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Construction Manager

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Overall Score
(6.7 out of 10)

Number of Jobs

78,200

Median Salary

$82,790

Unemployment Rate

4.7 percent

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This Job is Ranked in
Best Construction Jobs #1
The 100 Best Jobs #37

Construction management is ideal for someone who has a general interest in building and design. Architecture might seem like too much drawing. Civil engineering could seem like too much science. Cost estimating is too much math. Carpentry might be too much manual labor. Working as a construction manager affords the chance to learn a construction project from soup to nuts – from the planning stage with architects and engineers, to the budgeting stage with cost estimators, to the production stage with laborers. And that's just a small taste of the job's duties: Construction managers also obtain work permits, hire contractors, troubleshoot emergencies, schedule walkthroughs and keep clients informed on work timetables and progress.

While construction jobs generally dried up in the mid-2000s, hiring should now ratchet up. The Bureau of Labor Statistics forecasts 1.6 million new jobs for this sector by 2022, and almost 79,000 new construction manager jobs specifically.

Salary

Managing a construction project from start to finish is a weighty responsibility, and construction managers make comfortable salaries. In 2012, their average salary was $90,960. The median salary was $82,790, the highest-paid in the profession made $144,520 and those earning bottom-rung salaries still earned about $50,000. The top-paying metropolitan areas for this occupation include Ocean City, N.J., Vineland, N.J., and Philadelphia.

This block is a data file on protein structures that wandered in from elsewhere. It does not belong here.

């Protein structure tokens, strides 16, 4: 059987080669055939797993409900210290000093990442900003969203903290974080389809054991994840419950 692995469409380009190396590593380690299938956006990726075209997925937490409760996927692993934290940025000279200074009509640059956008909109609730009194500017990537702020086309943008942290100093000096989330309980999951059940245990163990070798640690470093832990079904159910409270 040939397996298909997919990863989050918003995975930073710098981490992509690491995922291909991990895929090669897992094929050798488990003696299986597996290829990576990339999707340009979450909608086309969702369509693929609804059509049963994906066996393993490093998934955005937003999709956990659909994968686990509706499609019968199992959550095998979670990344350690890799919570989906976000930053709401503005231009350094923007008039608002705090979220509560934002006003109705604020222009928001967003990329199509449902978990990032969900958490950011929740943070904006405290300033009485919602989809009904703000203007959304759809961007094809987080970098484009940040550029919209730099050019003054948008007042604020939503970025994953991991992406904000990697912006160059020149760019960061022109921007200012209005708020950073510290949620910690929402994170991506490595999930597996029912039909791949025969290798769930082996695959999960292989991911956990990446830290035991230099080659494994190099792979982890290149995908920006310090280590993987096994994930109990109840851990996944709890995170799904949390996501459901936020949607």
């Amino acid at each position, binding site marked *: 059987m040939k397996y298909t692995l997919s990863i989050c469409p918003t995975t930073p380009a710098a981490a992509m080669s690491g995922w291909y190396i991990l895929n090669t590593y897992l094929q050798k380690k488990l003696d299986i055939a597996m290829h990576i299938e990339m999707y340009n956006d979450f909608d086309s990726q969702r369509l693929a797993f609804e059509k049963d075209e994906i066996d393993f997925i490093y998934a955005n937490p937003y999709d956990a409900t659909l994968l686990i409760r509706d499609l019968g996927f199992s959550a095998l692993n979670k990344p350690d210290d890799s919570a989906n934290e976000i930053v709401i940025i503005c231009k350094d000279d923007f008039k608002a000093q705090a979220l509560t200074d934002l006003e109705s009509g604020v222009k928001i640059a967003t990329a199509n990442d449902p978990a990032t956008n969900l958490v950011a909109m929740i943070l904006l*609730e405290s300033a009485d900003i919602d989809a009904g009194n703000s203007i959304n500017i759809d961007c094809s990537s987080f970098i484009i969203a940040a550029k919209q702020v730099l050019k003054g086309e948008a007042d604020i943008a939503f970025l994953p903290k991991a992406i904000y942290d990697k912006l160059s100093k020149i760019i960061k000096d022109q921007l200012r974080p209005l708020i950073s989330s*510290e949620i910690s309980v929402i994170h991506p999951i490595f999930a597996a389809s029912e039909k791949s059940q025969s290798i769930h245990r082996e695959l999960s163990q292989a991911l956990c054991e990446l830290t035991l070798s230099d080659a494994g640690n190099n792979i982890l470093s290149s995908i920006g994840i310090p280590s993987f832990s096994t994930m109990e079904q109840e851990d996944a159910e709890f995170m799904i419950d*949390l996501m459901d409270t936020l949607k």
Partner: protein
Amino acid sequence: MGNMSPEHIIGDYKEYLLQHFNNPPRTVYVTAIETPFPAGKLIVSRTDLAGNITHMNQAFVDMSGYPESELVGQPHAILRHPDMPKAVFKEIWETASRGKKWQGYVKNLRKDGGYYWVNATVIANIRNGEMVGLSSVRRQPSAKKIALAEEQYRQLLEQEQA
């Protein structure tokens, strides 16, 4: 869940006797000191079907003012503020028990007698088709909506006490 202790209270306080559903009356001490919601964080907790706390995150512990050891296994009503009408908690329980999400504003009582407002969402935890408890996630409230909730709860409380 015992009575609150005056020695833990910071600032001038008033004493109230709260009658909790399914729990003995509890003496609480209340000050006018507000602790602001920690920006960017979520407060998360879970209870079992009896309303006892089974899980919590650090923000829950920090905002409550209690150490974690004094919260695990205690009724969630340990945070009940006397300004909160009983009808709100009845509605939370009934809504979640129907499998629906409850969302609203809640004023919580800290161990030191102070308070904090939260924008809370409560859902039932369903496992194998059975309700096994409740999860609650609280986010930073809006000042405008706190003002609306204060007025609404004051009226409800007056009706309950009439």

Salary Range

75th Percentile $109,600
Median $82,790
25th Percentile $63,790

Training

Some have risen through the ranks, starting out as a carpenter or glazier, for instance, and eventually becoming a construction manager without having a bachelor’s degree. But it's becoming increasingly important that those entering this line of work have both contextual experience and a college education. The BLS reports more than 100 colleges and universities offer programs in construction science, building science or construction engineering, but today's managers might also choose to study architecture or engineering. Practical experience is usually gained through internships, and those new to the field also get some practical experience working as an assistant until they've learned the ropes to supervise their own construction project.

Reviews & Advice

If you're new to the field and want to boost your job opportunities, consider the benefits of a cooperative education program so that you can gain on-the-job experience while you study. Practical experience is one of the best ways to glean the technical know-how for the profession, but it’s also a chance for a construction manager to get his or her feet wet with project and people management. And although this step isn't required, earning certification is another way to be more marketable and competitive as a job seeker. The Construction Management Association of America awards the certified construction manager designation, and the American Institute of Constructors awards the associate constructor designation to those who have the required experience and pass a technical exam.

Job Satisfaction

Upward Mobility good Above Average
Stress Level poor High
Flexibility poor Below Average
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Last updated by Jada A. Graves.


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